years in so absurd a manner, that the sun has already entered the celestial signs of spring when the Romans celebrate the first feasts of winter. He learns that this nation at a great expense supports a college of priests, who know exactly the time in which they must embark, and when they should give battle, by the inspection of a bullock's liver, or the manner in which fowls eat grain. This sacred science was formerly taught to the Romans by a little god named Tages, who came out of the earth in Tuscany. These people adore a supreme

and only God, whom they always call very great and very good God; yet they have built a temple to a courtesan named Flora, and the good women of Rome have almost all little gods--penates—in their houses, about four or five inches high. One of these little divinities is the goddess of bosoms, another that of posteriors. They have even a penate whom they call the god Peditum. The emperor Yventi began to laugh: and the tribunals of Nankin at first think with him, that the Roman ambassadors are knaves or impostors,

who have taken the title of envoys of the Roman republic; but as the emperor is as just as he is polite, he has particular conversations with them. He then learns that the Roman priests were very ignorant, but that Cæsar actually reformed the calendar. They confess to him, that the college of augurs was established in the time of their early barbarity, that they have allowed this ridiculous institution, become dear to a people long ignorant, to exist, but that all sensible people laugh at the augurs; that Cæsar never consulted them; that, according to the account of a very great man named Cato, no augur could ever look another in the face without laughing; and finally, that Cicero, the greatest orator and best philosopher of Rome, wrote a little work against the augurs, entitled. Of Divination,' in which he delivers up to eternal ridicule all the predictions and sorceries of soothsayers with which the earth is infatuated. The emperor of China has the curiosity to read this book of Cicero; the interpreters translate it; and in consequence he admires at once the book and the Roman republic.

VAMPIRES. What! is it in our eighteenth century that vampires exist? Is it after the reigns of Locke, Shaftesbury, Trenchard, and Collins? Is it under those of D'Alembert, Diderot, St. Lambert, and Duclos, that we believe in vampires, and that the reverend father Dom Calmet, benedictine priest of the congregation of St. Vannes and St. Hidulphe, abbè of Senon,-an abbey of an hundred thousand livres a year, in the neighbourhood of two other abbeys of the same revenue, -has printed and reprinted the history of vampires, with the approbation of the Sorbonne, signed Marcilli?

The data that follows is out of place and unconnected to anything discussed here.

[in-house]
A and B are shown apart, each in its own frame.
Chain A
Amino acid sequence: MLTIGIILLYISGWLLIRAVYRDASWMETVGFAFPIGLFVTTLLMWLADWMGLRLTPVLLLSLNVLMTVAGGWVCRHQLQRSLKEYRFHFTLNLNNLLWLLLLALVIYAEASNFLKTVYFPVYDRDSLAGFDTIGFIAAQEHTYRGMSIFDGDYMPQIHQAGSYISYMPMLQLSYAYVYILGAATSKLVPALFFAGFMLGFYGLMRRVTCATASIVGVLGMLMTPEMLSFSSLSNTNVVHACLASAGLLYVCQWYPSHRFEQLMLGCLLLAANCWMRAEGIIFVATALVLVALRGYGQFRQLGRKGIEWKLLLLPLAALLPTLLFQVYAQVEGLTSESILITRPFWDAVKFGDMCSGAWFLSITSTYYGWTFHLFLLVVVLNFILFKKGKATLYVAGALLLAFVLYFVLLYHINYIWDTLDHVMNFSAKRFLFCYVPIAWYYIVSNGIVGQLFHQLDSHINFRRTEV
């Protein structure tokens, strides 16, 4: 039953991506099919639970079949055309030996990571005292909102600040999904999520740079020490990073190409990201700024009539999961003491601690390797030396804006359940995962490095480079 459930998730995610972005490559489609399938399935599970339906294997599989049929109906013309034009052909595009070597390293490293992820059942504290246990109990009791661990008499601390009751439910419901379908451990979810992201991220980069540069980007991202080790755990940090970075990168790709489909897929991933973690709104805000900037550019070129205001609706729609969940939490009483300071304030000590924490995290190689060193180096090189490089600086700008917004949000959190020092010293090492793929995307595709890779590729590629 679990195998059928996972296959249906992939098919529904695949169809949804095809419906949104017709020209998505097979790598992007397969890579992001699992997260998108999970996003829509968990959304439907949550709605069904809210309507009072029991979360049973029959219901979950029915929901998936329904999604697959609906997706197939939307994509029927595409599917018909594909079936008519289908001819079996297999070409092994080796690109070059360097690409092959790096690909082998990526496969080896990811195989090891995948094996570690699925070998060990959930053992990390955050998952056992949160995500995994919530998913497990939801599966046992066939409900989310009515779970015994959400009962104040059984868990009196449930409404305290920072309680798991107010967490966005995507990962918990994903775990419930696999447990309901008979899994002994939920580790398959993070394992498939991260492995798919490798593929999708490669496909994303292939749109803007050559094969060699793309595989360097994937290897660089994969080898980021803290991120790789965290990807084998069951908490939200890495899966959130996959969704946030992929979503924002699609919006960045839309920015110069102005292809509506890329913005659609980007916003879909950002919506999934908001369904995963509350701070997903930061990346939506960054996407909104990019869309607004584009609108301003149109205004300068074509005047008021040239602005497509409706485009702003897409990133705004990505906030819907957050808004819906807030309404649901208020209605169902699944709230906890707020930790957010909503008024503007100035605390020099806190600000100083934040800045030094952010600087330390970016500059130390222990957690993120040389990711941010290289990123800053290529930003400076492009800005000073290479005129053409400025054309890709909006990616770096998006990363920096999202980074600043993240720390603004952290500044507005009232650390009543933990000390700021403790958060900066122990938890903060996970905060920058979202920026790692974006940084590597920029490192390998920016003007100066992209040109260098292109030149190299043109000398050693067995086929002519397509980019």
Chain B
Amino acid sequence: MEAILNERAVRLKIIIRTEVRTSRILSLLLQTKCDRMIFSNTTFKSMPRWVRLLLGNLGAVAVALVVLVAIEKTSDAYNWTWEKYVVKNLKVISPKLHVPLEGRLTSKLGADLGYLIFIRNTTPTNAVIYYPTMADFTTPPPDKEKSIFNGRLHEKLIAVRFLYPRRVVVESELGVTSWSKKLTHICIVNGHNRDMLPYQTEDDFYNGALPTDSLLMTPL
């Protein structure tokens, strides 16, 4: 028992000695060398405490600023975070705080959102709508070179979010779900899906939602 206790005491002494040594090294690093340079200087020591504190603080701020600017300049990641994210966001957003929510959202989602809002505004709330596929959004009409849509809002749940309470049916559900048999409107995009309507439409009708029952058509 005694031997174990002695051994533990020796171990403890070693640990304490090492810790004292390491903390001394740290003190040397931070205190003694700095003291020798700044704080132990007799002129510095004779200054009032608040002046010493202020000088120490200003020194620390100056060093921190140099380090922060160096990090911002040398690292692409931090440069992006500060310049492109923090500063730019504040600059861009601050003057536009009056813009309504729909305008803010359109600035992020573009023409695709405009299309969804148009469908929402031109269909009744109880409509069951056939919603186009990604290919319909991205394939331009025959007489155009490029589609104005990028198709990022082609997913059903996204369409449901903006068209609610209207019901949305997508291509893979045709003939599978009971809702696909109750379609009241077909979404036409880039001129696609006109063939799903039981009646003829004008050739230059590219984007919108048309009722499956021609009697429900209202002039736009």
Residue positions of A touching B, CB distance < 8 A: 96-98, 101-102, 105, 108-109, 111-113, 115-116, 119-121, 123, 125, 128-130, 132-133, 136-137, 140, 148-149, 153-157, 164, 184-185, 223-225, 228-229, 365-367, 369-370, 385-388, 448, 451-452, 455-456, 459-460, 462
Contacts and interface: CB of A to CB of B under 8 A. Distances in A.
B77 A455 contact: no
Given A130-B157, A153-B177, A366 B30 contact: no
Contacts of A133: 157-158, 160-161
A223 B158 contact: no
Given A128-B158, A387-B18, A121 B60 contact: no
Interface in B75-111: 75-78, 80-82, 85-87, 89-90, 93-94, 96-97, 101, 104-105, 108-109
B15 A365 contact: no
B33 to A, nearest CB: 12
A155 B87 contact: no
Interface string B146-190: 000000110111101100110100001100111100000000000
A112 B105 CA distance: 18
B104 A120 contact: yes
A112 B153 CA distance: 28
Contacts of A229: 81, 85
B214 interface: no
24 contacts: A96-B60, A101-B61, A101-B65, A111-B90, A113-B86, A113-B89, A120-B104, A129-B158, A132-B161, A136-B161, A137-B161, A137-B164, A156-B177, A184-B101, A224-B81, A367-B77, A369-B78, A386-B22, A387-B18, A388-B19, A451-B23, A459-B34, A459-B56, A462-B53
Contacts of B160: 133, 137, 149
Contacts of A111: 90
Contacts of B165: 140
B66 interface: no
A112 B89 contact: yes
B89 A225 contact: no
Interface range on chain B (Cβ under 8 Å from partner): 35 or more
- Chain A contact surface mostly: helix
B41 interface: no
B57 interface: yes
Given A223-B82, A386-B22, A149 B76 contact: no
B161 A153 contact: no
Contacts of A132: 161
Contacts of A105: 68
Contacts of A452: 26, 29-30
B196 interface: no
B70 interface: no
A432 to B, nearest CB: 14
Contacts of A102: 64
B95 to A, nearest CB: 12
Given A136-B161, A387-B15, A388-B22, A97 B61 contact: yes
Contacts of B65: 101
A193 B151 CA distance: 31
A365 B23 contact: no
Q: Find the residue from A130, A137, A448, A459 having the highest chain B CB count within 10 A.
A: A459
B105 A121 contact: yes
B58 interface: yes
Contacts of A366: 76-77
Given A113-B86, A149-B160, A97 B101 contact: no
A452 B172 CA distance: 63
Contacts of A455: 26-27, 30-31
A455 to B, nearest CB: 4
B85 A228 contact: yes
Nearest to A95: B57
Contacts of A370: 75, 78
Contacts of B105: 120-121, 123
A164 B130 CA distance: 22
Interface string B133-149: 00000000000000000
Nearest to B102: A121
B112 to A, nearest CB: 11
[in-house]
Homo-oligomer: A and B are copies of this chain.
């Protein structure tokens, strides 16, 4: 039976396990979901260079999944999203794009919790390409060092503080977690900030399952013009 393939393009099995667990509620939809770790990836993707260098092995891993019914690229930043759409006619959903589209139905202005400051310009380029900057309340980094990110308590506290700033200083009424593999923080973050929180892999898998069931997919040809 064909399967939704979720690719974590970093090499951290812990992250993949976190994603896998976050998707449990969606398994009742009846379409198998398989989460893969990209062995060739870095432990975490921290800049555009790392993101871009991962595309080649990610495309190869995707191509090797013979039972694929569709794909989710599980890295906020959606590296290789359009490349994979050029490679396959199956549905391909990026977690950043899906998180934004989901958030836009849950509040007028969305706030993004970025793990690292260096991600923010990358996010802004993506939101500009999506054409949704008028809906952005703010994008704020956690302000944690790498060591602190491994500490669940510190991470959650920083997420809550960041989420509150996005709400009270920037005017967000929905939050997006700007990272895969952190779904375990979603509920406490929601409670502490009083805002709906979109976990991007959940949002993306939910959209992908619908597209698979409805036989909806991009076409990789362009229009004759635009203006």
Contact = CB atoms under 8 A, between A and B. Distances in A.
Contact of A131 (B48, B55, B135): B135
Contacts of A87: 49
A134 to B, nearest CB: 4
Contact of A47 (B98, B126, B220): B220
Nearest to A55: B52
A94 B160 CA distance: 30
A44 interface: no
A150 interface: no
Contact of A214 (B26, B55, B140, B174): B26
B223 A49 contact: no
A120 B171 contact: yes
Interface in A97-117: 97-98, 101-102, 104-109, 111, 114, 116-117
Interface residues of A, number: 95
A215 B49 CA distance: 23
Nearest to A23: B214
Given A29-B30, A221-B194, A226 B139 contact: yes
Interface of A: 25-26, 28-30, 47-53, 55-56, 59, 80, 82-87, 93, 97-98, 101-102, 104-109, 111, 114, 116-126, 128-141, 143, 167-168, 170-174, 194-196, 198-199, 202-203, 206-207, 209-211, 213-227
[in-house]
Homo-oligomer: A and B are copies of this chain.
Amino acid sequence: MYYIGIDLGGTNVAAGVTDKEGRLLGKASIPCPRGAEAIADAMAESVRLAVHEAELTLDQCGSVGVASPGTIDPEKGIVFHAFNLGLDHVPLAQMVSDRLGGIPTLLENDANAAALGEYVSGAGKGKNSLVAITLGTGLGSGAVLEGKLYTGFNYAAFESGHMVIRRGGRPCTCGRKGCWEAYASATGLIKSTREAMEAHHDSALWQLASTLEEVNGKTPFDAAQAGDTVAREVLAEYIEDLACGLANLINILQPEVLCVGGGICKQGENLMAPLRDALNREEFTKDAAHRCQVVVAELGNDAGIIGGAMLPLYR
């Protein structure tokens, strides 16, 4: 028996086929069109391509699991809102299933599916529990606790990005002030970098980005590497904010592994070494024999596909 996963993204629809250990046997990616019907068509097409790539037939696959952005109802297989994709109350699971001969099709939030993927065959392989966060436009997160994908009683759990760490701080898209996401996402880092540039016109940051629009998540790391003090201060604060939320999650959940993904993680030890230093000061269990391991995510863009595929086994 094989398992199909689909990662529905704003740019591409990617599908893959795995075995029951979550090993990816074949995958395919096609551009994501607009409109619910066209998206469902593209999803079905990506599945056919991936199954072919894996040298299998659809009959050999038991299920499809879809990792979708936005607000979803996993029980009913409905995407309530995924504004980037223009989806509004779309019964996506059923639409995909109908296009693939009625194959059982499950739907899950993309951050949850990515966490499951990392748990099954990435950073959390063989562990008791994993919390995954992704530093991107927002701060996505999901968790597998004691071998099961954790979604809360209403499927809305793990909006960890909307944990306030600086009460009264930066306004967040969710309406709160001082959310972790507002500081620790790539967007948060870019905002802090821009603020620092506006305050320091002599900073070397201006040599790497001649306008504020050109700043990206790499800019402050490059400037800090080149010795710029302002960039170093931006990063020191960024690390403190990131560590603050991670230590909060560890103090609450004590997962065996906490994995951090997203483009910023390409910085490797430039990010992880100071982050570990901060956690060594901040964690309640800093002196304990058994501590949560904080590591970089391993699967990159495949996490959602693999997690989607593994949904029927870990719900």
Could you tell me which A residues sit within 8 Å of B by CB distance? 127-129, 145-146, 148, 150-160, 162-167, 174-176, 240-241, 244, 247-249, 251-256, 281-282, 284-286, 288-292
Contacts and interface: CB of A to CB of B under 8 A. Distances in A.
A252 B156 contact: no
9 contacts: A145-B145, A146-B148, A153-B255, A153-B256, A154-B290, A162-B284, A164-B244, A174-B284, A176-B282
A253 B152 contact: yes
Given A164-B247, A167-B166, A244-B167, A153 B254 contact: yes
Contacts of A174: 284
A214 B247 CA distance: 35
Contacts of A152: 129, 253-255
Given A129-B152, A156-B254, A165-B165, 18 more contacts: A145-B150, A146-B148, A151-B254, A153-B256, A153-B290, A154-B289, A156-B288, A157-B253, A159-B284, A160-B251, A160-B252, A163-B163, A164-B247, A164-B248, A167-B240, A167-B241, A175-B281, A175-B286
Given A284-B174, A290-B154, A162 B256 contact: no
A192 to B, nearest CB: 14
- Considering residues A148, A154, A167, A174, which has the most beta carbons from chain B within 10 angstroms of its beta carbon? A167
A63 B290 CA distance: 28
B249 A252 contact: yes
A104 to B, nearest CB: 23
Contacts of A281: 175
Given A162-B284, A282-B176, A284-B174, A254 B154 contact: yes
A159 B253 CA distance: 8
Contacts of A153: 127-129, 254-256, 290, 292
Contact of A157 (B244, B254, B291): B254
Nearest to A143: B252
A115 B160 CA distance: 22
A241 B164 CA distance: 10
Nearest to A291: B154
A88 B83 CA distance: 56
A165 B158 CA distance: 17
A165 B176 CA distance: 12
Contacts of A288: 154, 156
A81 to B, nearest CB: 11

These vampires were corpses, who went ouť of their graves at night to suck the blood of the living, either at their throats or stomachs, after which they returned to their cemeteries. The persons so sucked waned, grew pale, and fell into consumptions; while the sucking corpses grew fat, got rosy, and enjoyed an

excellent appetite. It was in Poland, Hungary, Silesia, Moravia, Austria, and Lorraine, that the dead made this good cheer. We never heard speak of vampires in London, nor even at Paris. I confess, that in both these cities there were stock-jobbers, brokers, and men of business, who sucked the blood of the people in broad day-light; but they were not dead, though corrupted. These true suckers lived not in cemeteries, but in very agreeable palaces.

Who would believe, that we derive the idea of vampires from Greece? Not from the Greece of Alexander, Aristotle, Plato, Epicurus and Demosthenes; but from christian Greece, unfortunately schismatic.

For a long time, christians of the Greek rite have imagined that the bodies of christians of the Latin church, buried in Greece, do not decay, because they are excommunicated. This is precisely the contrary idea to that of we christians of the Latin church, who believe that corpses which do not corrupt are marked with the seal of eternal beatitude. So much so, indeed, that when we have paid an hundred thousand crowns to Rome, to give them a saint's brevet, we adore them with the worship of dulia'.

The Greeks are persuaded that these dead are sorcerers; they call them “broucolacas,' or ' vroucolacas,' according as they pronounce the second letter of the alphabet. The Greek corpses go into houses to suck the blood of little children, to eat the supper of the fathers and mothers, drink their wine, and break all the furniture. They can only be put to rights by burning them when they are caught. But the precaution must be taken of not putting them into the fire until after their hearts are torn out, which must be burnt separately.

The celebrated Tournefort, sent into the Levant by Louis XIV., as well as so many other virtuosos,* was witness of all the acts attributed to one of these · broucolacas,' and to this ceremony.

After slander, nothing is communicated more promptly

* Tournefort, vol. i. page 155, and following.